The Alliance was formed in July of 2000 as a non-profit organization with a goal of providing programs to “address unmet needs” and providing “friendly, courteous service while maintaining the personal dignity of and respect for those served,” according to the group’s literature.
Since it’s formation, the Alliance (which was formerly called Grayson County Community Alliance) has expanded to include five programs: Food Pantry, Prescription Project; Furniture Project; Repair Affair; and Donated Vehicle programs.
The largest and most wide-reaching program is the Food Pantry, which serves 900 to 950 households each month. Operating since November 2000, the program offers qualifying families and individuals government commodities as well as other options of foods donated or purchased with donated funds.
Donations are always appreciated, but the pantry’s biggest concern at the moment is finding a building large enough to house their needs. The current building, which is generously upkept by the Fiscal Court, is filled to capacity with pallets of food, boxes stacked to the ceiling, and shelves of foods that have been pre-bagged according to family size.
Several desks are crammed into the food pantry’s only office, and the long center hallway is lined with chairs on both sides and designated as the “waiting room.” The program’s director, Donna Wilson, said enthusiastically, “If anybody out there has a building sitting empty, please call me!”
The program depends largely on community volunteers and work-release inmates who help out each month. “I have some wonderful volunteers. I can always use more.” Wilson said, pointing out that the program currently needs an office volunteer and always needs greeters, baggers and advisors.
In addition to helping families who come in to pick up food, the pantry is participating in the “Backpack Program” which provides weekend meals for at-risk schoolchildren. It costs only $80 to sponsor a child for the entire school year.
Last year the program served approximately 170 area children. “We know the need is higher,” Wilson said, “How many children we can serve is only limited by the dollars we can raise.”
Another ongoing program offered by the Alliance is the Furniture Program, which is spearheaded by volunteer Pat Boone. The program began in January of this year, and has already received 210 requests for home furnishings.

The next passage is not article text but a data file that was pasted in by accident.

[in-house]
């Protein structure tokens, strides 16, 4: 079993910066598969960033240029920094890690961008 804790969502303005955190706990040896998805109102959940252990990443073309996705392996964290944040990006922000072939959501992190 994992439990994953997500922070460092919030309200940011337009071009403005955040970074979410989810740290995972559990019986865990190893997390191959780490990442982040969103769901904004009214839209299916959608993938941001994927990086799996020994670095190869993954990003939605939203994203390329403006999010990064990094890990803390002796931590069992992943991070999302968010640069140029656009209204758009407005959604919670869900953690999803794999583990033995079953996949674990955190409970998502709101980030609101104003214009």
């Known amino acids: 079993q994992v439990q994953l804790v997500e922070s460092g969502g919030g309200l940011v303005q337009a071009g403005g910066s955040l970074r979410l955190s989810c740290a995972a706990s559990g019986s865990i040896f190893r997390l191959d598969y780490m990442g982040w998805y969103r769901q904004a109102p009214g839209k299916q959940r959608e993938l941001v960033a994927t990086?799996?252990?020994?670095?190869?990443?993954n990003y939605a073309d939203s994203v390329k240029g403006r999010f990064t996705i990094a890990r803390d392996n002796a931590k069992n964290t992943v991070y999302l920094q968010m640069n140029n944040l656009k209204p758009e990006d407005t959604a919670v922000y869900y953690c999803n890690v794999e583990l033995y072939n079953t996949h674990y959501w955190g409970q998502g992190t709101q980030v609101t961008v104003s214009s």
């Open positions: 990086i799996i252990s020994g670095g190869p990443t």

“We are always in need of donations.” Boone said. Beds are a particularly high priority for the program, as they are of dire need for many of the families, who are qualified for the program through the Food Pantry, Community-Based Services, or HeadStart.
Boone also stressed that the program, as well as the Alliance, is nondenominational. A common misconception is that the program is a continuation of the one started by Catholic Sister Audrey, who helped the community with a similar program in the past.
The Furniture Program relies heavily on its volunteers who pick up and deliver the donated furnishings. Boone pointed out that the Alliance as a whole would not be where it is without those willing to give their time to help others. “We’ve had wonderful volunteers through the years who have made [the Alliance] what it is.” Said Boone.
Another program, Repair Affair, is a once-a-year event held the third Saturday of each May. Around 50 to 75 local volunteers make repairs to homes in the community in order to make them “safer, more accessible, or better weatherized,” said Director Linda Clements, who stressed that it is “not a beautification project.”
The types of repairs made greatly vary. Clements said it “could be a ramp, new windows or a new door, [repairing] a porch with boards fallen through.” Volunteer group leaders choose assignments based on the project “that suits the skills of their volunteers,” according to Clements.
In the past five years, Repair Affair, which is sponsored by Kentucky Housing, has repaired 91 homes. Eight of those homes were repaired in 2011.
The Prescription Project, which has been in operation for roughly nine years, is a program that helps “low-income people who do not have any insurance to apply for assistance with drug companies,” according to Director Glenda Kilingbeck.
Volunteers help qualified applicants complete forms two days per month. Applicant’s physicians also participate by providing information that the drug companies may require, and receiving shipments of medications for the patient.
Kilingbeck points out that the program, which has helped participants save more than $1,950,00, is to help people with ongoing medical needs, such as those with diabetes or emphysema.
The Prescription Project, which is a partner with the Kentucky Prescription Assistance Program, cannot provide assistance for those needing one-time medications or narcotics, and does not pay for prescriptions itself, but rather helps participants apply for assistance.
Finally, the Donated Vehicle program has transferred eight vehicles to qualified recipients. They currently have no donated vehicles available. In addition to helping a family in need, potential donors get the added benefit of a tax write-off for the value of the vehicle.